Sport diving began to fragment. Mainstream divers continued to explore increasingly exotic locales, but alongside them free diving was growing in popularity. With a single breath, these adventurers reached first 50, then 100 meters of depth, and went deeper and deeper. The current no-limits world record holder is Herbert Nitsch with a depth of 214m set on June 14, 2007, in Spetses, Greece.
Sport diving hit the mainstream. And now that everyone could do it, the adventurers had to find new boundaries to push. American diver Bret Gilliam set a new record diving with air, reaching 452 feet. The other major innovation was dive computers, a real challenge to traditional dive watches.
Blancpain got a new CEO, Marc A. Hayek, who also happened to be an avid diver and underwater photographer, so it was no surprise that he quickly reinvented the Fifty Fathoms. The new version was luxurious, but still a credible diving tool, and Hayek presented the first one to Robert Maloubier 50 feet down in the Similan Seas off the coast of Thailand. The Fifty Fathoms was back.
Hans Hass was the first to combine science, photography and film to explore the unknown depths of the ocean, and in 2007 Laurent Ballesta followed in his steps, taking the deepest underwater picture ever captured by a diver. In 2013, he was awarded the Hans Hass award honouring his scientific exploration and award-winning photographs and films. Today Blancpain partners with Ballesta Expeditions, and it was Ballesta who tested the mighty X Fathoms – the first diving watch including a membrane depth gauge split into two different depth ratios for deep diving and for decompression.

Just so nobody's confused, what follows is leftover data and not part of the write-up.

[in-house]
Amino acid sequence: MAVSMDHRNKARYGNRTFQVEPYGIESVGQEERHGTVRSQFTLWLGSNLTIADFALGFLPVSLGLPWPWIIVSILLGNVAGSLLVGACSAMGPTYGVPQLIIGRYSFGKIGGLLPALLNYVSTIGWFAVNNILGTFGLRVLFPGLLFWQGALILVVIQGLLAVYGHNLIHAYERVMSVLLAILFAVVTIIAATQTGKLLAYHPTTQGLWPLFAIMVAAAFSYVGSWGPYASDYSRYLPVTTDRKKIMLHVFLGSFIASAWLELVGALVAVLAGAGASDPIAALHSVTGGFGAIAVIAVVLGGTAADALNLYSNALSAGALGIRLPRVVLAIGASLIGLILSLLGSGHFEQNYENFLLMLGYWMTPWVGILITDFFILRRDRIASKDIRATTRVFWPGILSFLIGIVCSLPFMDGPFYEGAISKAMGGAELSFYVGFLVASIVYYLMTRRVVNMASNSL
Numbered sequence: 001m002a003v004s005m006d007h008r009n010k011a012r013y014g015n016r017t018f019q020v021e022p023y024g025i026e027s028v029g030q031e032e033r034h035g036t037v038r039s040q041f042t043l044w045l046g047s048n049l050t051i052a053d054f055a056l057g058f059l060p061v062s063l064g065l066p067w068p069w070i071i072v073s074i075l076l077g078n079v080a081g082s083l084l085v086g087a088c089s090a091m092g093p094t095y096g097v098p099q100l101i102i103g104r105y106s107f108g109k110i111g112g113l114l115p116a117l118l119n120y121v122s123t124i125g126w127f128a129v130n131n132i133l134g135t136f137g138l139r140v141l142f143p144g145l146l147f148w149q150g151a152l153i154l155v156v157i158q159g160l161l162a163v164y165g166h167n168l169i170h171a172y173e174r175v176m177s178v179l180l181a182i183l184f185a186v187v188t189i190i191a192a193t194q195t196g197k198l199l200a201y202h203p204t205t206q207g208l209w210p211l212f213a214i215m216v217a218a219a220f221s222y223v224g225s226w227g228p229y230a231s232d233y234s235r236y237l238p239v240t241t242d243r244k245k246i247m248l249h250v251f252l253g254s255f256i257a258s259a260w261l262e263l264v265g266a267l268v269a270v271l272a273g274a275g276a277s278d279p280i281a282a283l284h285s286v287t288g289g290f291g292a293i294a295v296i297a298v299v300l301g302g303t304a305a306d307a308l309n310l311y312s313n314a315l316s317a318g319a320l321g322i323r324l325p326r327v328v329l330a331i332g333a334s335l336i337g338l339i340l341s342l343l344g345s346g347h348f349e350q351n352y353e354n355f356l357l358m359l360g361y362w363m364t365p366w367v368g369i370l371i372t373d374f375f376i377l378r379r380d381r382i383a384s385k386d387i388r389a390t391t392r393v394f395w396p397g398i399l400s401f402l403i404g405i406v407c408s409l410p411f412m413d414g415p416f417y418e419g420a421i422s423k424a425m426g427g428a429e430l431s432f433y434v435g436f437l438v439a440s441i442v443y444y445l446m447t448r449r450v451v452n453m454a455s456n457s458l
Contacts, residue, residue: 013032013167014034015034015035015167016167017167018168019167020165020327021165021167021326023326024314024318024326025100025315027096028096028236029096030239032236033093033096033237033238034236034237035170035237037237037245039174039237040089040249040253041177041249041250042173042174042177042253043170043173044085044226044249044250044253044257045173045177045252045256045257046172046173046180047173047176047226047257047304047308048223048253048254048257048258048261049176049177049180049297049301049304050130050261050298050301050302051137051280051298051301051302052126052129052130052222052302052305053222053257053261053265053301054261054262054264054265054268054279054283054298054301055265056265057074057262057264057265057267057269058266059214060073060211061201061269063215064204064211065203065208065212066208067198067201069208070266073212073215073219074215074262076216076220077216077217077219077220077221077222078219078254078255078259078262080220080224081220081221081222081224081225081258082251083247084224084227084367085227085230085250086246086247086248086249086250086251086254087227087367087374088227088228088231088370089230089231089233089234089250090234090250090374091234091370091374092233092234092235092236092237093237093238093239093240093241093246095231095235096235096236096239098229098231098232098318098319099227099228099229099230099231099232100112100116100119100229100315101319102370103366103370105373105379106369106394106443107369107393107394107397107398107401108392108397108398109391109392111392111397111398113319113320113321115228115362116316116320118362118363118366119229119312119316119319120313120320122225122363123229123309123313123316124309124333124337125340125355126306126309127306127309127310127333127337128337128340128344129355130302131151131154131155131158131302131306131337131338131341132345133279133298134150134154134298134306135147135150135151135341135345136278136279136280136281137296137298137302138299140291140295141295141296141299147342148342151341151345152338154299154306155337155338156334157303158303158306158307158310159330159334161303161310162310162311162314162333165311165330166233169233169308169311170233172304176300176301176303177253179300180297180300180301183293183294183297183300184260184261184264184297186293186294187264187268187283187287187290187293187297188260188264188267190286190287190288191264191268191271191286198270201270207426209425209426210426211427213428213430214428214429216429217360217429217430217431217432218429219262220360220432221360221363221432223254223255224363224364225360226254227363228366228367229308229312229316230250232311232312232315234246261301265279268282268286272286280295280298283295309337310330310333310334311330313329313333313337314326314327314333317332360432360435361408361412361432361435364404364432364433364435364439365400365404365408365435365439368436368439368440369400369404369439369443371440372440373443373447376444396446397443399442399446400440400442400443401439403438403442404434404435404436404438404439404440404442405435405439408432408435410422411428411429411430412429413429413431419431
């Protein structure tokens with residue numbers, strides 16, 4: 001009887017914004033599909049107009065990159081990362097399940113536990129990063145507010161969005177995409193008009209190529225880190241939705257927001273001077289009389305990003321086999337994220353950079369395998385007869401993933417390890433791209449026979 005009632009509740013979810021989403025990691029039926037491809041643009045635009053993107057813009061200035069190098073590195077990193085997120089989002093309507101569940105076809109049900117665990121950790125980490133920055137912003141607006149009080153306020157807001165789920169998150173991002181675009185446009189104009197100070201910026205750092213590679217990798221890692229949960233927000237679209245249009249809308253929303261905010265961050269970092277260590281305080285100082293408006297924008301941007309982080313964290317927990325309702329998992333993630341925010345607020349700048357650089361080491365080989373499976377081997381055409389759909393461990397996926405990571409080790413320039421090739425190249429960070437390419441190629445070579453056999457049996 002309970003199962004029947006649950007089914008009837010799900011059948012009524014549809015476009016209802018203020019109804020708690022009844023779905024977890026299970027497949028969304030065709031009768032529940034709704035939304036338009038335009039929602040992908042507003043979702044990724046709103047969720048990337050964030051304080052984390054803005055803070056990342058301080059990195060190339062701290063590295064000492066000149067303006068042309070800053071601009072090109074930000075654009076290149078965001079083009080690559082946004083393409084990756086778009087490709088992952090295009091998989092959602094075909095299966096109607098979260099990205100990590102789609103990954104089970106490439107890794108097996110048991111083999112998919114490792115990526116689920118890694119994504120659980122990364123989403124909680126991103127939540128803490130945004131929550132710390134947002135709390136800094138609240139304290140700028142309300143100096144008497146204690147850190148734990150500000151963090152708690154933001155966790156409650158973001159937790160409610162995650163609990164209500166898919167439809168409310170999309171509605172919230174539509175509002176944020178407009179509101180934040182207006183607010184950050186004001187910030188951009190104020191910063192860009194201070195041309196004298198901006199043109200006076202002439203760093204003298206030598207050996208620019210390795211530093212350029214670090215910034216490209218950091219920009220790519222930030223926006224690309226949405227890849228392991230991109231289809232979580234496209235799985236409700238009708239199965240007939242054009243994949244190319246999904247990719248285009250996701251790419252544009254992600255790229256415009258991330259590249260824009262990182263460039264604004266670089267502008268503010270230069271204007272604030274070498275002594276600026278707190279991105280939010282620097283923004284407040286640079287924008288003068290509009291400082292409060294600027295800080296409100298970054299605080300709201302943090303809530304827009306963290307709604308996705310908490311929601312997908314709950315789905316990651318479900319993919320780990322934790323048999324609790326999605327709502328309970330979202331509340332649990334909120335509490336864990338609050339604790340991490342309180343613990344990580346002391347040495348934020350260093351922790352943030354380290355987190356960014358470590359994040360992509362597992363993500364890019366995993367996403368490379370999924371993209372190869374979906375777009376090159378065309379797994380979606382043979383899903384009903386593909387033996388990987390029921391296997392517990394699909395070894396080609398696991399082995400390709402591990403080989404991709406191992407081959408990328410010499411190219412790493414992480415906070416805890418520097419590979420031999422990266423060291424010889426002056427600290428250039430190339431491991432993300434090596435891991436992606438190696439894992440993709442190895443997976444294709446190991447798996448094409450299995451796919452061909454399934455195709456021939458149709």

Blancpain started collecting the most beautiful, rare and important examples of underwater photography and invited some of the most famous marine photographers to be involved. This exclusive circle of 50 individuals became known as the Fifty Fathoms photographers and their artistic work was brought together in the Edition Fifty Fathoms, 12 books (to be published from 2008 until 2020) featuring 50 outstanding pictures each year. The first Edition featured Ernest Brooks, Maurine Shimlock, Udo Kefrig and Helmut Horn – four professionals who have dedicated their life to the art of underwater photography.
Blancpain and the National Geographic Society joined forces to start the Pristine Sea Expedition led by Spanish explorer and scientist Dr Enric Sala. The Pristine Seas expedition is not just about discussing the preservation of our ocean or complaining about the neglect many countries show. The aim is to encourage countries to take measures to protect their waters and as a result, today the Pristine Seas established sanctuaries cover an area of 3,000,000 square miles.
2014 Blancpain Ocean Commitment
Marc Hayek founded the Blancpain Ocean Commitment to combine all the ocean related efforts and activities of his company, coinciding with the release of a book dedicated to the history of the first diving watch and sport diving from 1953 till 2013. What better way to celebrate the Fifty Fathoms’ 60th anniversary – while also looking forward to the future of diving and the ongoing conservation of the oceans that surround us.